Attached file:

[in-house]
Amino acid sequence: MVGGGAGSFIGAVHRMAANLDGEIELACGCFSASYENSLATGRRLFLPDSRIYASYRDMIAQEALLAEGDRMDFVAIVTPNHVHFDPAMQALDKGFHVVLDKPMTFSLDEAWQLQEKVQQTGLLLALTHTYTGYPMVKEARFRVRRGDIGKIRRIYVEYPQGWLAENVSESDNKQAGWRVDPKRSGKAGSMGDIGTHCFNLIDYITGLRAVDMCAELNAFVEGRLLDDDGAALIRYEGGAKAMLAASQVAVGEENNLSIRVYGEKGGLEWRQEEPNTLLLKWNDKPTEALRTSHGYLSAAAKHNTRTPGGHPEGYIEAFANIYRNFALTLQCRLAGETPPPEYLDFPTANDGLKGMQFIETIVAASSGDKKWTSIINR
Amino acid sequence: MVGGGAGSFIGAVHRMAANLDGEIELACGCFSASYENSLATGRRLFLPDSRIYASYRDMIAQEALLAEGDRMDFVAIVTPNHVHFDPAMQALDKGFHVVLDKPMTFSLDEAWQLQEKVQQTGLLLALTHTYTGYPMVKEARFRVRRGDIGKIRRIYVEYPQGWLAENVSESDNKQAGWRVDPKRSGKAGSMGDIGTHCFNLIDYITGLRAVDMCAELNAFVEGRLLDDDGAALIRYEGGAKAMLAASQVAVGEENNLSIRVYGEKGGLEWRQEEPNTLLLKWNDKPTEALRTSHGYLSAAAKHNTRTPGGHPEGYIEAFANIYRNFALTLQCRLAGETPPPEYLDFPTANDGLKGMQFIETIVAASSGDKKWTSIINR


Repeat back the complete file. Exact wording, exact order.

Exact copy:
[in-house]
Amino acid sequence: MVGGGAGSFIGAVHRMAANLDGEIELACGCFSASYENSLATGRRLFLPDSRIYASYRDMIAQEALLAEGDRMDFVAIVTPNHVHFDPAMQALDKGFHVVLDKPMTFSLDEAWQLQEKVQQTGLLLALTHTYTGYPMVKEARFRVRRGDIGKIRRIYVEYPQGWLAENVSESDNKQAGWRVDPKRSGKAGSMGDIGTHCFNLIDYITGLRAVDMCAELNAFVEGRLLDDDGAALIRYEGGAKAMLAASQVAVGEENNLSIRVYGEKGGLEWRQEEPNTLLLKWNDKPTEALRTSHGYLSAAAKHNTRTPGGHPEGYIEAFANIYRNFALTLQCRLAGETPPPEYLDFPTANDGLKGMQFIETIVAASSGDKKWTSIINR
Amino acid sequence: MVGGGAGSFIGAVHRMAANLDGEIELACGCFSASYENSLATGRRLFLPDSRIYASYRDMIAQEALLAEGDRMDFVAIVTPNHVHFDPAMQALDKGFHVVLDKPMTFSLDEAWQLQEKVQQTGLLLALTHTYTGYPMVKEARFRVRRGDIGKIRRIYVEYPQGWLAENVSESDNKQAGWRVDPKRSGKAGSMGDIGTHCFNLIDYITGLRAVDMCAELNAFVEGRLLDDDGAALIRYEGGAKAMLAASQVAVGEENNLSIRVYGEKGGLEWRQEEPNTLLLKWNDKPTEALRTSHGYLSAAAKHNTRTPGGHPEGYIEAFANIYRNFALTLQCRLAGETPPPEYLDFPTANDGLKGMQFIETIVAASSGDKKWTSIINR